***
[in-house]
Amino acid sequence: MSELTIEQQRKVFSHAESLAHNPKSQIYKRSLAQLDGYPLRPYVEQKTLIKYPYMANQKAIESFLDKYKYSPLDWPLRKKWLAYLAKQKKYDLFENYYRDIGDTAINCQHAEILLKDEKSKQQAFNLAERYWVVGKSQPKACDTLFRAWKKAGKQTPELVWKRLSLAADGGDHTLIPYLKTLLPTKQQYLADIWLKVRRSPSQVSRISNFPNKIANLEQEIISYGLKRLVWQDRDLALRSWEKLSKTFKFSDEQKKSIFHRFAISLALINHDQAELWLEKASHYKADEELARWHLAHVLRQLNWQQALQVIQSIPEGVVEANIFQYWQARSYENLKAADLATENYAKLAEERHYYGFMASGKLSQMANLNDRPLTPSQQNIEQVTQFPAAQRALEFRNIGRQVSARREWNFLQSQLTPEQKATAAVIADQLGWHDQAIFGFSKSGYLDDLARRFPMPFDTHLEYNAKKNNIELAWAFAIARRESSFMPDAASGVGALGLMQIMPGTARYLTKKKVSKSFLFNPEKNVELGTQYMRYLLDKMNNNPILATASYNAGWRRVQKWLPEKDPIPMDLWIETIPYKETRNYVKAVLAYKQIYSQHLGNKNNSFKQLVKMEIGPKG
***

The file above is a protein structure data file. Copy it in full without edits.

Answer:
[in-house]
Amino acid sequence: MSELTIEQQRKVFSHAESLAHNPKSQIYKRSLAQLDGYPLRPYVEQKTLIKYPYMANQKAIESFLDKYKYSPLDWPLRKKWLAYLAKQKKYDLFENYYRDIGDTAINCQHAEILLKDEKSKQQAFNLAERYWVVGKSQPKACDTLFRAWKKAGKQTPELVWKRLSLAADGGDHTLIPYLKTLLPTKQQYLADIWLKVRRSPSQVSRISNFPNKIANLEQEIISYGLKRLVWQDRDLALRSWEKLSKTFKFSDEQKKSIFHRFAISLALINHDQAELWLEKASHYKADEELARWHLAHVLRQLNWQQALQVIQSIPEGVVEANIFQYWQARSYENLKAADLATENYAKLAEERHYYGFMASGKLSQMANLNDRPLTPSQQNIEQVTQFPAAQRALEFRNIGRQVSARREWNFLQSQLTPEQKATAAVIADQLGWHDQAIFGFSKSGYLDDLARRFPMPFDTHLEYNAKKNNIELAWAFAIARRESSFMPDAASGVGALGLMQIMPGTARYLTKKKVSKSFLFNPEKNVELGTQYMRYLLDKMNNNPILATASYNAGWRRVQKWLPEKDPIPMDLWIETIPYKETRNYVKAVLAYKQIYSQHLGNKNNSFKQLVKMEIGPKG